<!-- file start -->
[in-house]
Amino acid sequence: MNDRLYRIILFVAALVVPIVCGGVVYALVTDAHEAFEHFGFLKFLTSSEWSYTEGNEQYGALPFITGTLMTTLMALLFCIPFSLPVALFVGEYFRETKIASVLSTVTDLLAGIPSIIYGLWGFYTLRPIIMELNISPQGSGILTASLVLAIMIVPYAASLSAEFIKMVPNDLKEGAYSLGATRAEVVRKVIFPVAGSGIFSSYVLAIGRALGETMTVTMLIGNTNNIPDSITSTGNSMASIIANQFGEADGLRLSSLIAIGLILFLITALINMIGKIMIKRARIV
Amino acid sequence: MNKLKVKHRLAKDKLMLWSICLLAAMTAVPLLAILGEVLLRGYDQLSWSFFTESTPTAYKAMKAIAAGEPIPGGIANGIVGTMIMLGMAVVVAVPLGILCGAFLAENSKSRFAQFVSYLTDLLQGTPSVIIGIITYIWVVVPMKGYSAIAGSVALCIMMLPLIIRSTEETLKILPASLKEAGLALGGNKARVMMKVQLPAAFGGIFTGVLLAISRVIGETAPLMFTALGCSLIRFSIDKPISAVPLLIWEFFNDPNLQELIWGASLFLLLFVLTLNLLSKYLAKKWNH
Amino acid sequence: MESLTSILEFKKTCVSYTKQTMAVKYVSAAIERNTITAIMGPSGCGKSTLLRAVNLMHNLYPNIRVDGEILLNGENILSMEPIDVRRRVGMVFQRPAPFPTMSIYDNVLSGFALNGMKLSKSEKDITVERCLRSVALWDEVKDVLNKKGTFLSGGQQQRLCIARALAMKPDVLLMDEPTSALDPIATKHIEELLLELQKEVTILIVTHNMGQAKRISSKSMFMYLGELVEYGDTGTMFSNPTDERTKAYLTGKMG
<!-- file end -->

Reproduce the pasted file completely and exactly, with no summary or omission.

[in-house]
Amino acid sequence: MNDRLYRIILFVAALVVPIVCGGVVYALVTDAHEAFEHFGFLKFLTSSEWSYTEGNEQYGALPFITGTLMTTLMALLFCIPFSLPVALFVGEYFRETKIASVLSTVTDLLAGIPSIIYGLWGFYTLRPIIMELNISPQGSGILTASLVLAIMIVPYAASLSAEFIKMVPNDLKEGAYSLGATRAEVVRKVIFPVAGSGIFSSYVLAIGRALGETMTVTMLIGNTNNIPDSITSTGNSMASIIANQFGEADGLRLSSLIAIGLILFLITALINMIGKIMIKRARIV
Amino acid sequence: MNKLKVKHRLAKDKLMLWSICLLAAMTAVPLLAILGEVLLRGYDQLSWSFFTESTPTAYKAMKAIAAGEPIPGGIANGIVGTMIMLGMAVVVAVPLGILCGAFLAENSKSRFAQFVSYLTDLLQGTPSVIIGIITYIWVVVPMKGYSAIAGSVALCIMMLPLIIRSTEETLKILPASLKEAGLALGGNKARVMMKVQLPAAFGGIFTGVLLAISRVIGETAPLMFTALGCSLIRFSIDKPISAVPLLIWEFFNDPNLQELIWGASLFLLLFVLTLNLLSKYLAKKWNH
Amino acid sequence: MESLTSILEFKKTCVSYTKQTMAVKYVSAAIERNTITAIMGPSGCGKSTLLRAVNLMHNLYPNIRVDGEILLNGENILSMEPIDVRRRVGMVFQRPAPFPTMSIYDNVLSGFALNGMKLSKSEKDITVERCLRSVALWDEVKDVLNKKGTFLSGGQQQRLCIARALAMKPDVLLMDEPTSALDPIATKHIEELLLELQKEVTILIVTHNMGQAKRISSKSMFMYLGELVEYGDTGTMFSNPTDERTKAYLTGKMG